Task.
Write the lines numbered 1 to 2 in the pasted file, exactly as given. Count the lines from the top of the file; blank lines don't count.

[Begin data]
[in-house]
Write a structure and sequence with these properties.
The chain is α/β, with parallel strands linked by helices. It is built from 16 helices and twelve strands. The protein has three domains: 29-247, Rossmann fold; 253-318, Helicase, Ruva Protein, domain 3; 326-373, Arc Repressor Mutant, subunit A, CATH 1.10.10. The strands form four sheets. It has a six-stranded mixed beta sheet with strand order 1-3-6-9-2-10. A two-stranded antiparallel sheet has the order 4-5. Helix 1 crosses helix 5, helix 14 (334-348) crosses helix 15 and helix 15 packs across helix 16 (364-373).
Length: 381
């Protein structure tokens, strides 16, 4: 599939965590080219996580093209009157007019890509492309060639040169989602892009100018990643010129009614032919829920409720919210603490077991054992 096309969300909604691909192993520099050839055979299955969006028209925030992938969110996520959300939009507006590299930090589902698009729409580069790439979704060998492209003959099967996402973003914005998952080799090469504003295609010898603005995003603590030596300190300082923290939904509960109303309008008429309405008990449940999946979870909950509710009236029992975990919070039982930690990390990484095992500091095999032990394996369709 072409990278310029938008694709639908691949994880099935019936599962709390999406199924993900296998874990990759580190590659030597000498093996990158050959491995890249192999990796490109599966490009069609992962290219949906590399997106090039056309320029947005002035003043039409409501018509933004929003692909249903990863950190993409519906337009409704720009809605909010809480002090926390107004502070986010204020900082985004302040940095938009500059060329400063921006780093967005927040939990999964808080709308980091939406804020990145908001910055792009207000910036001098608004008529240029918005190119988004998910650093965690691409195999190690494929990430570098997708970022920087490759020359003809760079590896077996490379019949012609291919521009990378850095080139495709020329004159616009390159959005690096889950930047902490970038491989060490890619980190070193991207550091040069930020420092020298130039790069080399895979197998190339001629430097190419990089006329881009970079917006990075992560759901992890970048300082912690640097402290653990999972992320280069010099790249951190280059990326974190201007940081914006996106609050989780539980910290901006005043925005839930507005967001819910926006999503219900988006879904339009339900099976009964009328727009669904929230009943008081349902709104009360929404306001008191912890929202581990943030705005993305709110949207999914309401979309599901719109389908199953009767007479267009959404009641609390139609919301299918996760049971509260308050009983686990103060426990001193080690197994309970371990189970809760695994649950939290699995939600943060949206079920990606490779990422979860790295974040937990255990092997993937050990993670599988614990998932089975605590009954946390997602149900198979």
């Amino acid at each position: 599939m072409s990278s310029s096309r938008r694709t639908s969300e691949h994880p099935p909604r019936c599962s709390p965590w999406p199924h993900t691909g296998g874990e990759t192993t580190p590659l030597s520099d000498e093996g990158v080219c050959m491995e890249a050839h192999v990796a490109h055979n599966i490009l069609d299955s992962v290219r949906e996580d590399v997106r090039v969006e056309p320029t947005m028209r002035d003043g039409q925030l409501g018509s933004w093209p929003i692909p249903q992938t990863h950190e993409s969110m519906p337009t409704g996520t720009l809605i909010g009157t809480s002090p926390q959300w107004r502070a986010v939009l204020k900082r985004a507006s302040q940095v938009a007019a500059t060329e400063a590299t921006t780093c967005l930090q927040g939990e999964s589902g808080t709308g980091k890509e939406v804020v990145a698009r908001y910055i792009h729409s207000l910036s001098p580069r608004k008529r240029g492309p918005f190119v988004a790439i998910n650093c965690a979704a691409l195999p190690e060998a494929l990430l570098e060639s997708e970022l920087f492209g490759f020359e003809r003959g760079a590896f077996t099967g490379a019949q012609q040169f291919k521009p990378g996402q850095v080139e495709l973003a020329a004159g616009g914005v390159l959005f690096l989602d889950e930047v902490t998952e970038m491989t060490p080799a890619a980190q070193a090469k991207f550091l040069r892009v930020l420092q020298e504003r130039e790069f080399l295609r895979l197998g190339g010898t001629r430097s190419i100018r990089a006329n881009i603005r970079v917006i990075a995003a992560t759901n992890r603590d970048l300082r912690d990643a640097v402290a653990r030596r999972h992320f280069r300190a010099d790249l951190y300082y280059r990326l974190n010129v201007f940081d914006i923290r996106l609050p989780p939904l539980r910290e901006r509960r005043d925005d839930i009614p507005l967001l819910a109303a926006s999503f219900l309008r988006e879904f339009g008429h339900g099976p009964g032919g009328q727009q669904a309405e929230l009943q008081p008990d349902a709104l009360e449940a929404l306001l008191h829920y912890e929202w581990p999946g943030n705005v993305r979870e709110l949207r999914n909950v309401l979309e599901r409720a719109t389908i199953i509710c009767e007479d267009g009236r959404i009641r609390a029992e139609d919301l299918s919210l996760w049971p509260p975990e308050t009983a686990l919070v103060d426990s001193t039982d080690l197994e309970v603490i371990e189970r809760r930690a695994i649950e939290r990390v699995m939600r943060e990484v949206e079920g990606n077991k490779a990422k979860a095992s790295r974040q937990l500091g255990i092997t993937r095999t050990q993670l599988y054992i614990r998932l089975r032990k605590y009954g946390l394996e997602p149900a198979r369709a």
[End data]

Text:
[in-house]
Write a structure and sequence with these properties.